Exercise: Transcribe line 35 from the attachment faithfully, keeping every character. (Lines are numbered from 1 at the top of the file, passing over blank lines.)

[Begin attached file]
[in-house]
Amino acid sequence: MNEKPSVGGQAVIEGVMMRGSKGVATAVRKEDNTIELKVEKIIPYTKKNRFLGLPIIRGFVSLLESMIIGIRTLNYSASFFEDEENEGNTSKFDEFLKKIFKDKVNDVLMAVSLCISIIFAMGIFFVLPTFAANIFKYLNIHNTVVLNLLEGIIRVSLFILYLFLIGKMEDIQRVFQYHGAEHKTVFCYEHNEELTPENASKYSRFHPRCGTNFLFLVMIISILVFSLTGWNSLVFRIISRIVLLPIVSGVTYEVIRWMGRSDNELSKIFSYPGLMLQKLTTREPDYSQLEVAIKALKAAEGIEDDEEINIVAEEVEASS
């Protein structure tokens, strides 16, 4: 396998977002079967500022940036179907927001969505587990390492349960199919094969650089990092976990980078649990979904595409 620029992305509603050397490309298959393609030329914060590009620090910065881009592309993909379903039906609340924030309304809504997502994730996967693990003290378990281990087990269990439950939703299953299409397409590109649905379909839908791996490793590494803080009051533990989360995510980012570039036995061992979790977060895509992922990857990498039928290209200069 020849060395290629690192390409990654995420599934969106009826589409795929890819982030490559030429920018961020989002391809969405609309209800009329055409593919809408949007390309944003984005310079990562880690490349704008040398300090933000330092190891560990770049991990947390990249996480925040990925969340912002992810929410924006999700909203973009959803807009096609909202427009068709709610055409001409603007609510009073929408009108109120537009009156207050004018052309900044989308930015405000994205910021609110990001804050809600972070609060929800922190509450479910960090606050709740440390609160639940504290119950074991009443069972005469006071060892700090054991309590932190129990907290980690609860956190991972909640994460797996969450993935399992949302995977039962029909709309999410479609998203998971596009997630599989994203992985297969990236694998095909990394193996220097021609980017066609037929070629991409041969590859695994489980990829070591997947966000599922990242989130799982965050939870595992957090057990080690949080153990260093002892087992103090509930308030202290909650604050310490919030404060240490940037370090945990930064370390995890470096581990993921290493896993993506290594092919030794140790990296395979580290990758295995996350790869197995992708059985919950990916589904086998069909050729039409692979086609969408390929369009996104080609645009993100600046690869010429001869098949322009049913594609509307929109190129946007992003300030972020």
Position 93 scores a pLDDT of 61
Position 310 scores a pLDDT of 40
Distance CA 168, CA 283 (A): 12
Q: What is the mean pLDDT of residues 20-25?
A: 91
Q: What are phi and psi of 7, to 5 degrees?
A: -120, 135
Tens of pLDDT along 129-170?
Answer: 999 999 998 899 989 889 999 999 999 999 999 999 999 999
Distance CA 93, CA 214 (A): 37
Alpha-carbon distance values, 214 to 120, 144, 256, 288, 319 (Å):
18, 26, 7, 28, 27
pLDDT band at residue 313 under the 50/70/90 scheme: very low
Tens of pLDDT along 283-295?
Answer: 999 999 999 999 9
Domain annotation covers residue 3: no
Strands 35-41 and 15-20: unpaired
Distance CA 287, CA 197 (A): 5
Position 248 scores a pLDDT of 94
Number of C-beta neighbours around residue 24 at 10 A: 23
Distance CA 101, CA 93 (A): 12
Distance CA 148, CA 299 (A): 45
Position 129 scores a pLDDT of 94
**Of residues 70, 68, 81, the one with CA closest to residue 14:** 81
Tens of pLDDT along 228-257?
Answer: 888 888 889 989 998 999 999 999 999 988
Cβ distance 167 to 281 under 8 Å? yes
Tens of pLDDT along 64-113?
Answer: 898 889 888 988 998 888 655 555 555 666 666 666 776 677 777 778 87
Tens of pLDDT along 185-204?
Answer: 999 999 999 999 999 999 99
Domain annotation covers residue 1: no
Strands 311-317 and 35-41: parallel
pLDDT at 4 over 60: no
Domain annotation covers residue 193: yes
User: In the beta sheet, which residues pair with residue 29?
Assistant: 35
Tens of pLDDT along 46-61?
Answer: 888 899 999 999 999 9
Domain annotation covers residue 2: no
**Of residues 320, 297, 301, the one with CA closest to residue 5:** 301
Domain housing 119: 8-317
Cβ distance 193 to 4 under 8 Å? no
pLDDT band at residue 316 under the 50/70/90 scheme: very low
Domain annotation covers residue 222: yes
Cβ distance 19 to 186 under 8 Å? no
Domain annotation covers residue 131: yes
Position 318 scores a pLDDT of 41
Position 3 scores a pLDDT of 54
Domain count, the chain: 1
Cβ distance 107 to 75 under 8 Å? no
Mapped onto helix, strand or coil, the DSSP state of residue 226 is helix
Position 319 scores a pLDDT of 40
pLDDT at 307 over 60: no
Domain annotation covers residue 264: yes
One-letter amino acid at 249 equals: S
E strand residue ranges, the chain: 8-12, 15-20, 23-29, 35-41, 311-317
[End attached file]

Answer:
Domain annotation covers residue 1: no